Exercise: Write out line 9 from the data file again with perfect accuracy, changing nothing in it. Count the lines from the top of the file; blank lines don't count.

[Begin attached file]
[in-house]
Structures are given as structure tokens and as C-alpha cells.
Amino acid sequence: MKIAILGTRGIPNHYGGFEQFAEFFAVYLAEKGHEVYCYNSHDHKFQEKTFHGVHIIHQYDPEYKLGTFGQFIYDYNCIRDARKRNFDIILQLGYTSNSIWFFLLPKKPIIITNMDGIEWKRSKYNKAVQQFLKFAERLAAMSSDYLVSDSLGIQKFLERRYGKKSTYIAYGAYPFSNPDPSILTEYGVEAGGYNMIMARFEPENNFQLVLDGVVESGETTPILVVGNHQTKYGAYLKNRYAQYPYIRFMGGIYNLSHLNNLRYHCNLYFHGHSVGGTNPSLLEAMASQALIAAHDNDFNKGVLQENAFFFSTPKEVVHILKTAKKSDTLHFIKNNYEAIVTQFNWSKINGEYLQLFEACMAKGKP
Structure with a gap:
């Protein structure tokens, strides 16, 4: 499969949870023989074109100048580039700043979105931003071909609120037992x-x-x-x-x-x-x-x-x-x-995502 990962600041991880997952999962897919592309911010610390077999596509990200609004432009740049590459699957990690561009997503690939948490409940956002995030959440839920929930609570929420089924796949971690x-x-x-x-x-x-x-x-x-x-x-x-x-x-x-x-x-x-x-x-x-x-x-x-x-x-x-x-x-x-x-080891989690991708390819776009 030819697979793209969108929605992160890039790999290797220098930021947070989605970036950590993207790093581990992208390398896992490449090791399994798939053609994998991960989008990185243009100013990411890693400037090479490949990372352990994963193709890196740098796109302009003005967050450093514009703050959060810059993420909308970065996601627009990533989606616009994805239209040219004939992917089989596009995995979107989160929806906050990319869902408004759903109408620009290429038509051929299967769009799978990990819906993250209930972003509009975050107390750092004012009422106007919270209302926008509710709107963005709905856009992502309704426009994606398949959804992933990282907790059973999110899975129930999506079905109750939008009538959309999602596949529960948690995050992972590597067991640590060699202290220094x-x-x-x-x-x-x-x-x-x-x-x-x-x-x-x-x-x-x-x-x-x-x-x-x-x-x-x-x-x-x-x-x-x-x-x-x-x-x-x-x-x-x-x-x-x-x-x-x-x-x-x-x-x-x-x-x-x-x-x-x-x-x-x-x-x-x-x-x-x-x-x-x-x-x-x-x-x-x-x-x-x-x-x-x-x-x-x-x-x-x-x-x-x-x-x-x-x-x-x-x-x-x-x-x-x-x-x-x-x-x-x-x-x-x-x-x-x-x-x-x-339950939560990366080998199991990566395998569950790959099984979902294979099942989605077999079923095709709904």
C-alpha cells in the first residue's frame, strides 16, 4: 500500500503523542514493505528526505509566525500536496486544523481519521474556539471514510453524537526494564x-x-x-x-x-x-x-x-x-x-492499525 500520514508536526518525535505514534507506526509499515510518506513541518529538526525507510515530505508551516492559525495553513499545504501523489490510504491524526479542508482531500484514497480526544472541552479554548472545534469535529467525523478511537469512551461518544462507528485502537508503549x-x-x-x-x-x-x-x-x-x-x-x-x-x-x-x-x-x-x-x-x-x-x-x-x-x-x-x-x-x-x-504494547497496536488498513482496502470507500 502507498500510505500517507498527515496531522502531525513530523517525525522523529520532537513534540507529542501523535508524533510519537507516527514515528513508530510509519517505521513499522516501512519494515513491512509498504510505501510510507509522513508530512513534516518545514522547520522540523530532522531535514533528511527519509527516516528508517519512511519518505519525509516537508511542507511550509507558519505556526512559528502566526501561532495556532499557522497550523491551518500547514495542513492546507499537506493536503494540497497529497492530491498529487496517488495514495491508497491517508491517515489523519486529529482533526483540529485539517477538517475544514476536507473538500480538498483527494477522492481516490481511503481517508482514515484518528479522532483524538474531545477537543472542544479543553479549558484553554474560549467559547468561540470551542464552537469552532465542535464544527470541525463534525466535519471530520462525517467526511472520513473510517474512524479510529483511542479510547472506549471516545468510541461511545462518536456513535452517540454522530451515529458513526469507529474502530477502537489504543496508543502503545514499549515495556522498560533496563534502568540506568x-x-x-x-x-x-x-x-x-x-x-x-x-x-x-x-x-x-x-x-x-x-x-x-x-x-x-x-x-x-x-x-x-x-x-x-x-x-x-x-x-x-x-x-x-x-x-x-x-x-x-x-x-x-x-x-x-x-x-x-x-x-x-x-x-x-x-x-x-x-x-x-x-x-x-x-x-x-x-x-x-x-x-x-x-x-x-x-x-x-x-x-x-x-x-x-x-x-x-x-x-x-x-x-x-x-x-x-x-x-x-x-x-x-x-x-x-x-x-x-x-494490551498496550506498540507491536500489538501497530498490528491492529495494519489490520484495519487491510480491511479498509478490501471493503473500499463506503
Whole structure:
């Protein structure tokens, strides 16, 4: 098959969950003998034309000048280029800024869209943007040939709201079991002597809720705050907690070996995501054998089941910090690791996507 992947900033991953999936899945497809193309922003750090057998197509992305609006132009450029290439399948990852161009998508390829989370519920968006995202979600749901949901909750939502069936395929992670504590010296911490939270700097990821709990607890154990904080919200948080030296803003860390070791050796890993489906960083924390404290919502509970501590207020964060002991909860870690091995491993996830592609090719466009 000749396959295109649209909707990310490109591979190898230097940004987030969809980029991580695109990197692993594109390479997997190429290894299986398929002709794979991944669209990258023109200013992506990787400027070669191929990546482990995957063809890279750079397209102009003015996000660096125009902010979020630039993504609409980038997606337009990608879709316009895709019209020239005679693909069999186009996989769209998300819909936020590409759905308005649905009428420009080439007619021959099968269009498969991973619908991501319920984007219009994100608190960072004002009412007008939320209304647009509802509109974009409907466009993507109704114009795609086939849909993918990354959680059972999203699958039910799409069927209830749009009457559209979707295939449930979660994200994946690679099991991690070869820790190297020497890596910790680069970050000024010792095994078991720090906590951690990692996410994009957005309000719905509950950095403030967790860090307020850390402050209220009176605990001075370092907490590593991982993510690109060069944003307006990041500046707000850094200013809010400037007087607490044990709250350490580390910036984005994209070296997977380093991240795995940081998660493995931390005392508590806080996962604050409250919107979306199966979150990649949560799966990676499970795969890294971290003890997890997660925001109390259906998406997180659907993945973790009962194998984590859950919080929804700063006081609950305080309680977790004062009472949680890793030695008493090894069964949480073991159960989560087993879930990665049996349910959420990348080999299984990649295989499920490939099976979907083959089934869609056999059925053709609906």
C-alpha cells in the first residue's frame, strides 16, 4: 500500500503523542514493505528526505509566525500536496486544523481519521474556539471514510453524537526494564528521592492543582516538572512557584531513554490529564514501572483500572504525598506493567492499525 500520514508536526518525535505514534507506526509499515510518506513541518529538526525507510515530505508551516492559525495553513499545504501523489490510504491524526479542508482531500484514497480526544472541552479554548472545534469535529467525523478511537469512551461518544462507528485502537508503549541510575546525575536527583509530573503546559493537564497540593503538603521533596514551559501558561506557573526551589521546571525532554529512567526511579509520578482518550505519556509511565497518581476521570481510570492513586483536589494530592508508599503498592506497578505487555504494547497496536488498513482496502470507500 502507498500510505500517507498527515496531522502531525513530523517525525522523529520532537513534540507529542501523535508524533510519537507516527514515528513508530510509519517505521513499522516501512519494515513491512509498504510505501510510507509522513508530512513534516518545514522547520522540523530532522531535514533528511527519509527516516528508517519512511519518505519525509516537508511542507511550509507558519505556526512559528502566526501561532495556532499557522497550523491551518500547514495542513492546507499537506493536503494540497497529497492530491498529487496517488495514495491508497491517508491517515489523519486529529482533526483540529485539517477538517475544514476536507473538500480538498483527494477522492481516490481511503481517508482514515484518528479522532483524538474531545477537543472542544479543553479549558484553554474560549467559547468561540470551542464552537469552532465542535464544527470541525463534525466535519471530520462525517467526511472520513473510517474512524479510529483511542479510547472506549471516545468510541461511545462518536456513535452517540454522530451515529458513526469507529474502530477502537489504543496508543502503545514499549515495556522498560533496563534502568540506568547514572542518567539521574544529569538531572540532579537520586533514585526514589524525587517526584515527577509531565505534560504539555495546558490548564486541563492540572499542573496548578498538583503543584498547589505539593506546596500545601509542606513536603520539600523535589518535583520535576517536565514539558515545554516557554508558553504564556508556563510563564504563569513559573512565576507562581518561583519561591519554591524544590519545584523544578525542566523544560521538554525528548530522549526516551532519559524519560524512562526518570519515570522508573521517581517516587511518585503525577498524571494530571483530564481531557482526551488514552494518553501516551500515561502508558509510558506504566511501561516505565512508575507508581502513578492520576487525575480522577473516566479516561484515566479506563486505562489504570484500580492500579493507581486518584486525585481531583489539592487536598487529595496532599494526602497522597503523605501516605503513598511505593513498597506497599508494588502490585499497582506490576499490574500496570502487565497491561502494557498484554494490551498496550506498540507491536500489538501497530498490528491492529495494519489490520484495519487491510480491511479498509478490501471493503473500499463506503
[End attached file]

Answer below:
C-alpha cells in the first residue's frame, strides 16, 4: 500500500503523542514493505528526505509566525500536496486544523481519521474556539471514510453524537526494564528521592492543582516538572512557584531513554490529564514501572483500572504525598506493567492499525 500520514508536526518525535505514534507506526509499515510518506513541518529538526525507510515530505508551516492559525495553513499545504501523489490510504491524526479542508482531500484514497480526544472541552479554548472545534469535529467525523478511537469512551461518544462507528485502537508503549541510575546525575536527583509530573503546559493537564497540593503538603521533596514551559501558561506557573526551589521546571525532554529512567526511579509520578482518550505519556509511565497518581476521570481510570492513586483536589494530592508508599503498592506497578505487555504494547497496536488498513482496502470507500 502507498500510505500517507498527515496531522502531525513530523517525525522523529520532537513534540507529542501523535508524533510519537507516527514515528513508530510509519517505521513499522516501512519494515513491512509498504510505501510510507509522513508530512513534516518545514522547520522540523530532522531535514533528511527519509527516516528508517519512511519518505519525509516537508511542507511550509507558519505556526512559528502566526501561532495556532499557522497550523491551518500547514495542513492546507499537506493536503494540497497529497492530491498529487496517488495514495491508497491517508491517515489523519486529529482533526483540529485539517477538517475544514476536507473538500480538498483527494477522492481516490481511503481517508482514515484518528479522532483524538474531545477537543472542544479543553479549558484553554474560549467559547468561540470551542464552537469552532465542535464544527470541525463534525466535519471530520462525517467526511472520513473510517474512524479510529483511542479510547472506549471516545468510541461511545462518536456513535452517540454522530451515529458513526469507529474502530477502537489504543496508543502503545514499549515495556522498560533496563534502568540506568547514572542518567539521574544529569538531572540532579537520586533514585526514589524525587517526584515527577509531565505534560504539555495546558490548564486541563492540572499542573496548578498538583503543584498547589505539593506546596500545601509542606513536603520539600523535589518535583520535576517536565514539558515545554516557554508558553504564556508556563510563564504563569513559573512565576507562581518561583519561591519554591524544590519545584523544578525542566523544560521538554525528548530522549526516551532519559524519560524512562526518570519515570522508573521517581517516587511518585503525577498524571494530571483530564481531557482526551488514552494518553501516551500515561502508558509510558506504566511501561516505565512508575507508581502513578492520576487525575480522577473516566479516561484515566479506563486505562489504570484500580492500579493507581486518584486525585481531583489539592487536598487529595496532599494526602497522597503523605501516605503513598511505593513498597506497599508494588502490585499497582506490576499490574500496570502487565497491561502494557498484554494490551498496550506498540507491536500489538501497530498490528491492529495494519489490520484495519487491510480491511479498509478490501471493503473500499463506503